The Vermont state legislature wrapped up its business for the year on June 21, having resolved an impasse with Governor Phil Scott (R) over teachers’ health care benefits that resulted in a budget veto and the convening a special veto session. The resolution of the impasse led to final passage of an FY18 state budget, which Governor Scott signed on June 27. The budget includes a $35 million bond for the production and rehabilitation of permanently affordable housing, both rental and homeownership. Mr. Scott first proposed the bond in his January state budget address, and the proposal quickly gained support in the state legislature. Passage of the bond represents Vermont’s largest allocation of funding for state housing programs in ten years.
The Vermont Housing Finance Agency (VHFA) will issue the bond, which is expected to leverage between $70 million and $100 million in state, federal, and private capital beyond the value of the bond itself. Revenue generated by the bond will be administered and awarded by the Vermont Housing and Conservation Board (VHCB).
VHCB Executive Director Gus Seelig expects 100 units to be under construction in Brattleboro by the end of 2017 with revenue from the bond. These units will house 200 to 250 Vermont residents. He anticipates a development deal in Burlington for use of bond funds by winter. Middlebury is expected to construct workforce housing, while White River Junction will develop micro-apartments and other alternatives for people experiencing homelessness. The bond revenue will double Vermont’s housing production and redevelopment activities in the coming years. It will aid in developing and rehabilitating up to 650 homes across the state. Projects will receive funds based on community needs, applications received, and the availability of resources for leverage.
Vermont’s housing resources for FY18 remain unclear, though, given the precarious state of the federal appropriations process and proposed cuts to HUD, USDA, and essential HHS safety-net programs that would have catastrophic impacts on the lowest income Vermonters. “Even a small change could have a drastic effect (on the state),” Mr. Scott said. However, both he and Mr. Seelig hailed the housing bond as an economic stimulus for Vermont. Without safe, decent, and affordable housing for all the state’s residents, economic growth will stall. Housing construction creates jobs, spurs economic activity, and generates state and local revenue.
The bond will be paid for via $2.5 million in annual revenue from a property transfer tax over 20 years, through 2039. One and a half million dollars of that will come from VHCB’s annual base appropriation. The other $1 million will come from an increase in the transfer tax, thereby reducing the impact on VHCB’s base annual appropriation. At least a quarter of the homes created will go to households earning under 50% of area median income (AMI). Another quarter will go to more moderate income households earning between 80% and 120% of AMI. According to VHCB, these two groups “most lack housing options” in the state. The remaining half of bond funds can support housing for people earning less than 120% of AMI but will more likely go to lower income Vermonters below 80% and 100% of AMI, subject to the decisions of VHCB’s board. VHCB is already holding meetings across the state to identify the highest priority communities and potential projects.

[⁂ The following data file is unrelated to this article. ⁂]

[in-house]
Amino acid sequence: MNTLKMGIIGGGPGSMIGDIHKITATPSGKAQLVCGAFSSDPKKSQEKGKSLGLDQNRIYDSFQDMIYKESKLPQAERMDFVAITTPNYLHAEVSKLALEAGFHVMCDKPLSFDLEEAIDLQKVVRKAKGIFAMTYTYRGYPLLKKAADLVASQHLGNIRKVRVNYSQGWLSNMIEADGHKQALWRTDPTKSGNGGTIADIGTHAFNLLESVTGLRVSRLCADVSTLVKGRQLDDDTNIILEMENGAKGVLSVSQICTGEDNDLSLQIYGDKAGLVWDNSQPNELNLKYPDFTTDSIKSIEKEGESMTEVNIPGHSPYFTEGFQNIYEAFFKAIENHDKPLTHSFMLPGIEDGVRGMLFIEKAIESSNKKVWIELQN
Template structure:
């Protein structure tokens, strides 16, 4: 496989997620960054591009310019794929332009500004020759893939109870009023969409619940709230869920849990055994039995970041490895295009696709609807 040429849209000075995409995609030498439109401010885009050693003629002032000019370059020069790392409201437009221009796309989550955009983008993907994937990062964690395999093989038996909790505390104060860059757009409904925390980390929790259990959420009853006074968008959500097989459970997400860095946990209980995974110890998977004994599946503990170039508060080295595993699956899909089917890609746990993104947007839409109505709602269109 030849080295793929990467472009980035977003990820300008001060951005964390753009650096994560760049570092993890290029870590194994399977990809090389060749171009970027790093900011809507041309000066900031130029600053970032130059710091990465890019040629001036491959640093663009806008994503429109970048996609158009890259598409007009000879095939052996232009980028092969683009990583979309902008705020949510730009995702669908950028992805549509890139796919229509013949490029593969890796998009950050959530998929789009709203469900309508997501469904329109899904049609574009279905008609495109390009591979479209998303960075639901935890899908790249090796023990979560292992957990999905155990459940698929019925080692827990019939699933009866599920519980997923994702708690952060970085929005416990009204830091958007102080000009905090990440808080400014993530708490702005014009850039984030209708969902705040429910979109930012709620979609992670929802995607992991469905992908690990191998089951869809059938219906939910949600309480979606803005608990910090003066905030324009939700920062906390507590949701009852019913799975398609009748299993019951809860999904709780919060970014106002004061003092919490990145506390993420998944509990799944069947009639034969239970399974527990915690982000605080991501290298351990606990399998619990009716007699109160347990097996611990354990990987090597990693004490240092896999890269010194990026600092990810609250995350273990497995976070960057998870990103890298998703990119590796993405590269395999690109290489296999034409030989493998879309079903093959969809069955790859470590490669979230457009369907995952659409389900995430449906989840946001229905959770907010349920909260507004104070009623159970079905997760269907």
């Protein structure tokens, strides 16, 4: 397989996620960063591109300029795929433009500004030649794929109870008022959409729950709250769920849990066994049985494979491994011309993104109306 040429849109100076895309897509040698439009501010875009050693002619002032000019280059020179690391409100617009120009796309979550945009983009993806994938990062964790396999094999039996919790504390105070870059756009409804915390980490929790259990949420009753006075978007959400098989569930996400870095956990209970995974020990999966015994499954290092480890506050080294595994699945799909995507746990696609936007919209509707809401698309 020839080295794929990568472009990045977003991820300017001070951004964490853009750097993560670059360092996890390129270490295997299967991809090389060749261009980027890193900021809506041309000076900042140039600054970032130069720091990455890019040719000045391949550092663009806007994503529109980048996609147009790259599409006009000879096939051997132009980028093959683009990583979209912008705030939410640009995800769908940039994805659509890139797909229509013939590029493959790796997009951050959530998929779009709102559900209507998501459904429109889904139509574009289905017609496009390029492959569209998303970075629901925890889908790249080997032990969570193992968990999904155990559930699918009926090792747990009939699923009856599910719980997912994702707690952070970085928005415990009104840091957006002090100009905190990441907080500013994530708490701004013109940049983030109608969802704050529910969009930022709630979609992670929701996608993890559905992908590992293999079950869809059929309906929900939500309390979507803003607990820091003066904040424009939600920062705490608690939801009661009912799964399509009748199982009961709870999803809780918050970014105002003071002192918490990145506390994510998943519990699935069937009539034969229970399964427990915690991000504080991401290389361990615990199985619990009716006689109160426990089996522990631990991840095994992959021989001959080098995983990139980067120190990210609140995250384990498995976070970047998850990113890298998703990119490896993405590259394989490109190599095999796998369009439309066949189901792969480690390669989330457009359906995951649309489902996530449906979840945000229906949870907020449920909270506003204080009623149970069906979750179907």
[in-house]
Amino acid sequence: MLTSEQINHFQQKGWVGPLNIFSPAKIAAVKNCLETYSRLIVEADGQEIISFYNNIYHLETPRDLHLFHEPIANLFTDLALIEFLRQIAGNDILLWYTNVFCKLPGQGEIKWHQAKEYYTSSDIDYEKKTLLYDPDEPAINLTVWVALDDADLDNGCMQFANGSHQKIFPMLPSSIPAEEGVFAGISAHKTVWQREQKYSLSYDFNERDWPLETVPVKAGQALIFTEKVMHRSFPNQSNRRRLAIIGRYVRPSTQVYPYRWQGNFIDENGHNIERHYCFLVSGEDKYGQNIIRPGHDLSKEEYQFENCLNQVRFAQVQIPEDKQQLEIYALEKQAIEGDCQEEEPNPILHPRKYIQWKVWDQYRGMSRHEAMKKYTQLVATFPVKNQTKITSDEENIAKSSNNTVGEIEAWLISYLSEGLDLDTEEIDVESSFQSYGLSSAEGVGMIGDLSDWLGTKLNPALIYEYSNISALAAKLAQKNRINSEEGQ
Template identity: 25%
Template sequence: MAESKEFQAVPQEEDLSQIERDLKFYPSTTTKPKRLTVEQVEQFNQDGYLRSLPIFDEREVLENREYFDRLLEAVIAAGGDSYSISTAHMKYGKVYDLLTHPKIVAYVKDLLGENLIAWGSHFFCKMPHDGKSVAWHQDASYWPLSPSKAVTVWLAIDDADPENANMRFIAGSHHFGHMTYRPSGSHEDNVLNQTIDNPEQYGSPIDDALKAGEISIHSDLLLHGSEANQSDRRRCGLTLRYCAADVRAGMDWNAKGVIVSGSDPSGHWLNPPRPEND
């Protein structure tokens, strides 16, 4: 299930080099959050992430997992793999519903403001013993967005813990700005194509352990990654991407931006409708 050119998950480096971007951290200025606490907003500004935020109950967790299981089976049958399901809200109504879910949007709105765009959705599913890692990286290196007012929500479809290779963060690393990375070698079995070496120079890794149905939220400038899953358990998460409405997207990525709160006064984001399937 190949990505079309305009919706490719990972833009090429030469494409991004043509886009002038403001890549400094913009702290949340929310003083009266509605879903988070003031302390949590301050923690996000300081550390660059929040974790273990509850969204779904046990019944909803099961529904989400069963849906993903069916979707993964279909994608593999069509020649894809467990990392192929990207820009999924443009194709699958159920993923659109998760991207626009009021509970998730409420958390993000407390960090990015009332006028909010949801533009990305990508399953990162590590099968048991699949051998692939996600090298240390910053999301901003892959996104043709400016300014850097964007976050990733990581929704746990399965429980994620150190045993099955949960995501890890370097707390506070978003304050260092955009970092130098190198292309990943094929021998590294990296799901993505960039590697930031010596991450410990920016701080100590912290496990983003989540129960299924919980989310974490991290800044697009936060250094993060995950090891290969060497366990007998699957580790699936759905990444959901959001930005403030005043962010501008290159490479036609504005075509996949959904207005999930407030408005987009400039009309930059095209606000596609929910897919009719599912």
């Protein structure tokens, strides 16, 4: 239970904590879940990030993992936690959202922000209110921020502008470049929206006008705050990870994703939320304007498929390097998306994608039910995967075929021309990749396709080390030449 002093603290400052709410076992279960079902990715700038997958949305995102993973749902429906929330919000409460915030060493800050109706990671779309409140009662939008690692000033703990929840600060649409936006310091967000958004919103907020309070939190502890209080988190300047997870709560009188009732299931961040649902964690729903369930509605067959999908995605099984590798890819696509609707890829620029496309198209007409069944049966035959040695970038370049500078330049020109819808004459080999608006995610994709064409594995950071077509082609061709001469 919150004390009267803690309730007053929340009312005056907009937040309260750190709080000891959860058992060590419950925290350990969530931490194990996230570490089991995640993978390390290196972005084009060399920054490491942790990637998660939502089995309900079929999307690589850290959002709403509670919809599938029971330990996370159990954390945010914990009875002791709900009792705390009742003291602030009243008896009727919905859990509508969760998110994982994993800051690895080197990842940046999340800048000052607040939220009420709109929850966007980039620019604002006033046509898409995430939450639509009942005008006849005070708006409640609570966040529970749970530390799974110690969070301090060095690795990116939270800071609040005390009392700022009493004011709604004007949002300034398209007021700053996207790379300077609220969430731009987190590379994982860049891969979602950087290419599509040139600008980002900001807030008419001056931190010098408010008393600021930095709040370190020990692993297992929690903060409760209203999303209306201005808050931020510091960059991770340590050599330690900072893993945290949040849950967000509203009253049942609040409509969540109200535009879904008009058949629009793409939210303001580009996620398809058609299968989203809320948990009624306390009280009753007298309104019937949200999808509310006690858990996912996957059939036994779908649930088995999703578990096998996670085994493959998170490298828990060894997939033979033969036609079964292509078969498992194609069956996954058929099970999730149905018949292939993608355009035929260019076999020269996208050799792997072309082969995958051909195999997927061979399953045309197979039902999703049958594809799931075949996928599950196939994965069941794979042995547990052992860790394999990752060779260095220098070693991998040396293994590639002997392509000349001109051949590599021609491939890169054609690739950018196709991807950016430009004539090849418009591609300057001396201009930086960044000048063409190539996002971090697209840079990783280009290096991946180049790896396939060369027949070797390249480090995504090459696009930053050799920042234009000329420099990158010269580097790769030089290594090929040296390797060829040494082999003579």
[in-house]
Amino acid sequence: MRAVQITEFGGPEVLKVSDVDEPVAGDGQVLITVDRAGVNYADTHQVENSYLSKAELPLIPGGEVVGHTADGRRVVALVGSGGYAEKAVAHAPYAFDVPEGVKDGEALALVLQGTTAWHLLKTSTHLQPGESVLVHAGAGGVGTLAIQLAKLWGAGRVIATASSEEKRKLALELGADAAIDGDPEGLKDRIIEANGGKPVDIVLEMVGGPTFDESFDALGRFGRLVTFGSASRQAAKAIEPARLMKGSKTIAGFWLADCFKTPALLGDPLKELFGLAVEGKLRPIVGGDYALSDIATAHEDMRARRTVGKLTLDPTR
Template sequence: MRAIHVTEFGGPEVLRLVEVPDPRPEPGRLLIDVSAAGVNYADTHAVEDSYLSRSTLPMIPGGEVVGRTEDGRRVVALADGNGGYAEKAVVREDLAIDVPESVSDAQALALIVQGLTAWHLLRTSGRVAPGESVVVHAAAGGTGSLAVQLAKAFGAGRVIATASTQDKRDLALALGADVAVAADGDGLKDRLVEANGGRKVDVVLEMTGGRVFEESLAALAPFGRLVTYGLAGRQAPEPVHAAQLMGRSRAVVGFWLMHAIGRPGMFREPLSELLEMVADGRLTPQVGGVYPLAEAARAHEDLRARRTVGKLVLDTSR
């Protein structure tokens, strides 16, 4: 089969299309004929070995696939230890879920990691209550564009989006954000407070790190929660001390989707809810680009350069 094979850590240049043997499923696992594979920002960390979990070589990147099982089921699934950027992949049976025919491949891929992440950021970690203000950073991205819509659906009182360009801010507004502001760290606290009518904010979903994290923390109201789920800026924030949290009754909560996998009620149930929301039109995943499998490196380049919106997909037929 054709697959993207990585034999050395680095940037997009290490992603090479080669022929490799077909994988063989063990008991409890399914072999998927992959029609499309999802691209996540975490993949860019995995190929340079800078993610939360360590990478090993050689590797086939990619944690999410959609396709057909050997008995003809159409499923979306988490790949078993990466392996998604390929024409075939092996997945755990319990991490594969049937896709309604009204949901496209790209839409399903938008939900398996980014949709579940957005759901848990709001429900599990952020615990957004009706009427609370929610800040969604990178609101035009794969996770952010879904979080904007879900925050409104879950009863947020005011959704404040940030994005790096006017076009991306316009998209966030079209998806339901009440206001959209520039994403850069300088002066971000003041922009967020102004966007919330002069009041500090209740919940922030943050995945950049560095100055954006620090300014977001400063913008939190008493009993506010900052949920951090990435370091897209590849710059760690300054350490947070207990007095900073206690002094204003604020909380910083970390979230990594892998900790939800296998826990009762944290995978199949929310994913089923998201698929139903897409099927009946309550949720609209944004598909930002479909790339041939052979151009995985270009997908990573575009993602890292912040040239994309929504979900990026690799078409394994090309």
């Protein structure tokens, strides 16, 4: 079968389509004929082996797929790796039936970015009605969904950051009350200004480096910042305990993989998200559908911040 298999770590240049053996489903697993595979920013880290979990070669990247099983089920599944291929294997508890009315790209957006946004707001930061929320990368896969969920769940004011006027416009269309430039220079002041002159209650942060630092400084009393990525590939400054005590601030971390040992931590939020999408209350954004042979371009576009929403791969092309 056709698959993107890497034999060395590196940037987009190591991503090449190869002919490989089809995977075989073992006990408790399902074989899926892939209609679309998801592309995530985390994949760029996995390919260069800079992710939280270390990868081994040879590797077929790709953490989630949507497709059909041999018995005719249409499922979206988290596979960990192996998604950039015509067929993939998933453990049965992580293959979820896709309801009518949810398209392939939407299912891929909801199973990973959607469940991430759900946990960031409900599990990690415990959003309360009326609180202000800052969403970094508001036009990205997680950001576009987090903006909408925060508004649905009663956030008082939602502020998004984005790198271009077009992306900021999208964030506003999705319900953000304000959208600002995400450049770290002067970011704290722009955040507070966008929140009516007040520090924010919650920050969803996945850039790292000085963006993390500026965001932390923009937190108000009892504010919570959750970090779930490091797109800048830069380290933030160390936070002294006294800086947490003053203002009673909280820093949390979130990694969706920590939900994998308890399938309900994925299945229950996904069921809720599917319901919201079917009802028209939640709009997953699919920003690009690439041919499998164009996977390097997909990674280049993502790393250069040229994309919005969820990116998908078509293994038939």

The timing for the passage of the bond is critical, as homelessness and housing shortages are widespread across Vermont. According to NLIHC’s 2017 Housing Gap report, there is a shortage of 10,866 rental homes affordable and available to the state’s 18,138 extremely low income (ELI) renter households, defined at those with incomes at or below the poverty line or 30% of their area median income (AMI). There are only 40 rental homes affordable and available for each 100 of the state’s ELI renter households. Vermont’s 2017 Housing Wage is $21.90 an hour. It has the 5th largest affordability gap for renters of any state in the nation and is the seventh most expensive state for rural (non-metro) areas.
Senate President Pro Tempore Tim Ashe (D/P) and Senators Kevin Mullin (R), Michael Sirotkin (D), Jane Kitchel (D), Ann Cummings (D), Becca Balint (D), Philip Baruth (D/P) and Alison Clarkson (D) played key roles in getting the new funds included in the state budget and raising the necessary new revenues, as did House Speaker Mitzi Johnson (D) and Representatives Helen Head (D), Janet Ancel (D), Kitty Toll (D), Fred Baser (R), and Sam Young (D).
“We are incredibly excited that the housing bond made it across the finish line this year,” said Vermont Affordable Housing Coalition Coordinator Erhard Mahnke. “This was a huge team effort from so many people — from the governor and his team to key legislative leaders, mayors, VHCB’s dedicated staff, and all our community housing partners and homeless service providers. It will have a tremendous impact on Vermont’s long standing affordable housing needs, providing safe, stable homes for low and moderate income working Vermonters, people with special needs and those without homes.”